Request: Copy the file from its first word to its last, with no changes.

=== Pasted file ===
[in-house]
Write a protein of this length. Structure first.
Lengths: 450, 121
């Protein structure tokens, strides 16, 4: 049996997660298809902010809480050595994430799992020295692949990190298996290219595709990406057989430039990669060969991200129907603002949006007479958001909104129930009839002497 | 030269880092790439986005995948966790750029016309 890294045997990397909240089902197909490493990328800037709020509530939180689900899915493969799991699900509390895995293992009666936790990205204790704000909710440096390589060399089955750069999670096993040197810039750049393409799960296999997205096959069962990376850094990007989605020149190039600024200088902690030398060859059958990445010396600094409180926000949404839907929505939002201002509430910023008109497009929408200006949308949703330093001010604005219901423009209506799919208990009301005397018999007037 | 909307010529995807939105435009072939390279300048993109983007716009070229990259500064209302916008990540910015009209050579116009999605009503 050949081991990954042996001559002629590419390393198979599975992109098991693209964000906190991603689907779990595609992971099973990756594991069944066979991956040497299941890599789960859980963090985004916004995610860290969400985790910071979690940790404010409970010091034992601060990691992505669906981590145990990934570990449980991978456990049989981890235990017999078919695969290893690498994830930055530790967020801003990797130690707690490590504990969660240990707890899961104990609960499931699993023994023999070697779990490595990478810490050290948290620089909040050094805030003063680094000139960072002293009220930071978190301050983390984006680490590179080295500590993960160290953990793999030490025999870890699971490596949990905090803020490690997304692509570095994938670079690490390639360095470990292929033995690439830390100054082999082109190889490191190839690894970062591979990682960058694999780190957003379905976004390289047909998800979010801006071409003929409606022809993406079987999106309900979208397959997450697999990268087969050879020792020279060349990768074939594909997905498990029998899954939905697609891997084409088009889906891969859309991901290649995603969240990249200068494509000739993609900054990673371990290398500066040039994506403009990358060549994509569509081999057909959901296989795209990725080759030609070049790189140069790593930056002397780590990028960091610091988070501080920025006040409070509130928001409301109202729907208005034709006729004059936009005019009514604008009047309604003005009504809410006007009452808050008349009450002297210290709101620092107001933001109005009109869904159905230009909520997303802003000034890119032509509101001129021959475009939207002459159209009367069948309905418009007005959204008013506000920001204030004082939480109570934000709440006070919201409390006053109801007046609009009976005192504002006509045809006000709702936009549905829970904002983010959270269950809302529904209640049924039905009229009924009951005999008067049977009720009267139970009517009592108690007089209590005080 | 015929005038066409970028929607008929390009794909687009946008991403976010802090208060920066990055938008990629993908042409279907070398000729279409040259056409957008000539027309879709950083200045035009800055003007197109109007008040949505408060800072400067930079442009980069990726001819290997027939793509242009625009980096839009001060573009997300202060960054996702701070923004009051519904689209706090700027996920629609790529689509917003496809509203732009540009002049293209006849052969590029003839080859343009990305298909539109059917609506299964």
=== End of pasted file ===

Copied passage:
[in-house]
Write a protein of this length. Structure first.
Lengths: 450, 121
């Protein structure tokens, strides 16, 4: 049996997660298809902010809480050595994430799992020295692949990190298996290219595709990406057989430039990669060969991200129907603002949006007479958001909104129930009839002497 | 030269880092790439986005995948966790750029016309 890294045997990397909240089902197909490493990328800037709020509530939180689900899915493969799991699900509390895995293992009666936790990205204790704000909710440096390589060399089955750069999670096993040197810039750049393409799960296999997205096959069962990376850094990007989605020149190039600024200088902690030398060859059958990445010396600094409180926000949404839907929505939002201002509430910023008109497009929408200006949308949703330093001010604005219901423009209506799919208990009301005397018999007037 | 909307010529995807939105435009072939390279300048993109983007716009070229990259500064209302916008990540910015009209050579116009999605009503 050949081991990954042996001559002629590419390393198979599975992109098991693209964000906190991603689907779990595609992971099973990756594991069944066979991956040497299941890599789960859980963090985004916004995610860290969400985790910071979690940790404010409970010091034992601060990691992505669906981590145990990934570990449980991978456990049989981890235990017999078919695969290893690498994830930055530790967020801003990797130690707690490590504990969660240990707890899961104990609960499931699993023994023999070697779990490595990478810490050290948290620089909040050094805030003063680094000139960072002293009220930071978190301050983390984006680490590179080295500590993960160290953990793999030490025999870890699971490596949990905090803020490690997304692509570095994938670079690490390639360095470990292929033995690439830390100054082999082109190889490191190839690894970062591979990682960058694999780190957003379905976004390289047909998800979010801006071409003929409606022809993406079987999106309900979208397959997450697999990268087969050879020792020279060349990768074939594909997905498990029998899954939905697609891997084409088009889906891969859309991901290649995603969240990249200068494509000739993609900054990673371990290398500066040039994506403009990358060549994509569509081999057909959901296989795209990725080759030609070049790189140069790593930056002397780590990028960091610091988070501080920025006040409070509130928001409301109202729907208005034709006729004059936009005019009514604008009047309604003005009504809410006007009452808050008349009450002297210290709101620092107001933001109005009109869904159905230009909520997303802003000034890119032509509101001129021959475009939207002459159209009367069948309905418009007005959204008013506000920001204030004082939480109570934000709440006070919201409390006053109801007046609009009976005192504002006509045809006000709702936009549905829970904002983010959270269950809302529904209640049924039905009229009924009951005999008067049977009720009267139970009517009592108690007089209590005080 | 015929005038066409970028929607008929390009794909687009946008991403976010802090208060920066990055938008990629993908042409279907070398000729279409040259056409957008000539027309879709950083200045035009800055003007197109109007008040949505408060800072400067930079442009980069990726001819290997027939793509242009625009980096839009001060573009997300202060960054996702701070923004009051519904689209706090700027996920629609790529689509917003496809509203732009540009002049293209006849052969590029003839080859343009990305298909539109059917609506299964």